ONE MORE THING: Samuel L. Jackson… DOES HE LOOK LIKE A BITCH?

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Rust Valley

April 24, 2011

Movie Review By: Mr. Roboto

Year: 2011

Directed by: Andrew Bond & John Whoriskey

Written by: Ryan Dolton

Degree of Cyberpunk Visuals: High

Correlation to Cyberpunk Themes: Moderate

Key Cast Members:

  • James Donner: Mike Orie
  • Ora: Nadine Avola
  • Rating: 7 out of 10

    Rust Valley – 35mm short. from RDolton on Vimeo.

    Overview: Our forum member Burnt Lombard brought this net short to my attention earlier this week. Actually, I had a bookmark to it on Vimeo for a while, but that version is now password locked. More recently, I seen the trailer for it on Kovac’s screener of UCF: Abstract Messiah. Now that I’ve invested the 17.5 minutes to watch, I got to give Lombard his creds for getting me to watch. Imagine, if you will, a little of what a live-action System Shock movie could be like…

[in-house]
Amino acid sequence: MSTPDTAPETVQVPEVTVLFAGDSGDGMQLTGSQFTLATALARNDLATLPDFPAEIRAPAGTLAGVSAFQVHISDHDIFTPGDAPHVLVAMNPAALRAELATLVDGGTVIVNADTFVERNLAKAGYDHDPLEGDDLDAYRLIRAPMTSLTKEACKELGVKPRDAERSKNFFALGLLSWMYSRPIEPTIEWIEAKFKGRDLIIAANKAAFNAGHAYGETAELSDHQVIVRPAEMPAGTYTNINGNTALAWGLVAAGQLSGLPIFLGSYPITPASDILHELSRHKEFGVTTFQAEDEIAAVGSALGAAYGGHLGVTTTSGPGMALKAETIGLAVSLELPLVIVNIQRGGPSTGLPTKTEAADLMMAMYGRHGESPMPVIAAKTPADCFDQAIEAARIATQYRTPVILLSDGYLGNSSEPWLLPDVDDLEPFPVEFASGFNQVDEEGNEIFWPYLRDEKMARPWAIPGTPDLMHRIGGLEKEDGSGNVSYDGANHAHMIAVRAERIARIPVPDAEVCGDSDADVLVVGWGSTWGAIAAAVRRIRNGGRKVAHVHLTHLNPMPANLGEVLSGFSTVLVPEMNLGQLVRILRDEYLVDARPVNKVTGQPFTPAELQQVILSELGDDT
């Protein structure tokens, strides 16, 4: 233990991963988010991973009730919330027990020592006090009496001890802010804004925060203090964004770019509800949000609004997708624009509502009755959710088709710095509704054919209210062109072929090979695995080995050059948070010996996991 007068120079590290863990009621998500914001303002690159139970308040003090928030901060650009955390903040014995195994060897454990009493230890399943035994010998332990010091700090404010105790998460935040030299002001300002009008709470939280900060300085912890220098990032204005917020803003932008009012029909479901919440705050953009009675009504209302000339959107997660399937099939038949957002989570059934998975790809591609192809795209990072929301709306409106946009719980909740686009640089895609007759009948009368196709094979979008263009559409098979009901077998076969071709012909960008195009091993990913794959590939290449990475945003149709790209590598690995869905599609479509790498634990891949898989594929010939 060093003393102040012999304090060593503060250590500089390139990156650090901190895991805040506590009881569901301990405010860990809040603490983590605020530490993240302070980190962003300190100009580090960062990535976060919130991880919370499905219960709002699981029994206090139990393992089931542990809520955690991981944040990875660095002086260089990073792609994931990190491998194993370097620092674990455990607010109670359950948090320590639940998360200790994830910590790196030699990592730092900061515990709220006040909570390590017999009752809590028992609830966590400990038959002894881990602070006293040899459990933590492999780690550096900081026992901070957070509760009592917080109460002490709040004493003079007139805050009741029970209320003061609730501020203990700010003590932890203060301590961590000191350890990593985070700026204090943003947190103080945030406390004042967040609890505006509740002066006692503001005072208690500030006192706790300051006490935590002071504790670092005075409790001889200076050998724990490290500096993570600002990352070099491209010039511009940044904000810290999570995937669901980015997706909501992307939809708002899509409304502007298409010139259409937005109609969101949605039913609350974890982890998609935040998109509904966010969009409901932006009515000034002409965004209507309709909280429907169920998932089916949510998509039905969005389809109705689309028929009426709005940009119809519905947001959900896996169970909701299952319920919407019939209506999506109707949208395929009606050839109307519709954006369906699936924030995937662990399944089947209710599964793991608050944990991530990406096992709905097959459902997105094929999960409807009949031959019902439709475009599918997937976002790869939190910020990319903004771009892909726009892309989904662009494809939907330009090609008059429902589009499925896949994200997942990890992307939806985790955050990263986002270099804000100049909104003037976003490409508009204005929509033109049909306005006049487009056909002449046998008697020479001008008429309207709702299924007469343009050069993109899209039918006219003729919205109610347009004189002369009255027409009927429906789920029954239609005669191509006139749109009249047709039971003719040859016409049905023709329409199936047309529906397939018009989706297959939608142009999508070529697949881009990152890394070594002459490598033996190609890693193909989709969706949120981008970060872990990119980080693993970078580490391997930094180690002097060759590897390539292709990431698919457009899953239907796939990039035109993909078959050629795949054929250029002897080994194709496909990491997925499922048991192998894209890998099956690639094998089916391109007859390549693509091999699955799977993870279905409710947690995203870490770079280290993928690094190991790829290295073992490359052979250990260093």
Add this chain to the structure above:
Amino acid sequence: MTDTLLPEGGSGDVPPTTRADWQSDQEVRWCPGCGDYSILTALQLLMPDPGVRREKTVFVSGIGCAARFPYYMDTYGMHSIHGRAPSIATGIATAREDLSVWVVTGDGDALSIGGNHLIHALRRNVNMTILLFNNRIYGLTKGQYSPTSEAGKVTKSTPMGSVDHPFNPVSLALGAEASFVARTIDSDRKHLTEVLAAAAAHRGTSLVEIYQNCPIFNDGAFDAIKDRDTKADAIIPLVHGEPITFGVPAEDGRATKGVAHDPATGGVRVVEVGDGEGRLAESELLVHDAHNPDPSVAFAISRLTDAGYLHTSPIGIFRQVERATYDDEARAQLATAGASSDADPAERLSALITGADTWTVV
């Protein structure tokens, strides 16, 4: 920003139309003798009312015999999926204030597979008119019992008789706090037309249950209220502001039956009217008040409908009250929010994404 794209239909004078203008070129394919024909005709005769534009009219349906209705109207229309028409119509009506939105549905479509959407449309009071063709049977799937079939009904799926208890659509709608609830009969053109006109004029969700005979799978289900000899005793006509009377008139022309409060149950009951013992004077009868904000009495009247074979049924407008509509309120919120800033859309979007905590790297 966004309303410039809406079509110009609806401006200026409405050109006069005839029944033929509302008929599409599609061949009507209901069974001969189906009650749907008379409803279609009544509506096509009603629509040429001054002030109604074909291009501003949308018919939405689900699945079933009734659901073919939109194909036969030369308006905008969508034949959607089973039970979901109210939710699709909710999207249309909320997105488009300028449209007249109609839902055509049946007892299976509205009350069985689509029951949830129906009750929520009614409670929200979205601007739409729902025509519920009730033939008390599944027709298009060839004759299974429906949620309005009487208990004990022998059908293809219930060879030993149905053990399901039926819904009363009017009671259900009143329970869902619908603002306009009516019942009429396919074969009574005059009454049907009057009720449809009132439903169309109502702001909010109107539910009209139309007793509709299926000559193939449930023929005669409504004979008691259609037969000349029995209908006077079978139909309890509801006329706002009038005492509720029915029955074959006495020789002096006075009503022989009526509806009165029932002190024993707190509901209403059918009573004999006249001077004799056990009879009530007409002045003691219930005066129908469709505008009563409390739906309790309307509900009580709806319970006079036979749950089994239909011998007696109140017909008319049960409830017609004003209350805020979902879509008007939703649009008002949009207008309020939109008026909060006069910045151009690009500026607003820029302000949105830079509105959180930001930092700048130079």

The Story: ASEMS pilot James Donner has spent the past 1000+ days (3 years) in space and is now on his way home for some hard-earned R-and-R. Then he gets a call from some corporate dick:

    Donner gets a call.

    “We’ve been out of contact with the Valley Isis colony for eight months now. We just received a distress signal and…”

    So much for vay-kay. Against his better judgement, Donner boards the colony when he hears a female survivor, Ora, over his radio.

    Ora

    I’d rescue that for a dollar!

    When Donner finds Ora, that when he has to make a choice…

     

    But, is it cyberpunk? Rust Valley has been tagged as cyberpunk on Vimeo, and it does make its case well. We have the ASEMS corp, though the full extent of their power and influence wasn’t revealed. There’s a bit of man-machine fusion (won’t say where due to spoiler possibility). But it’s the visuals that makes the short cyberpunk. Let’s just say that there’s a reason why it’s called RUST Valley.

    Onboard Valley Isis

     

    The audience is now deaf. Being an amateur production, and shot on 35mm film, some technical glitches are expected. But when you have to turn up the volume to hear the monitor voices, you might want to consider amplifying the microphones for the monitor actors.

    UPDATE: Burnt Lombard has uploaded the official video on Vimeo, with improved audio. It’s a bit different in other ways as well, but with the improved audio I’ve decided to upgrade its rating to 7.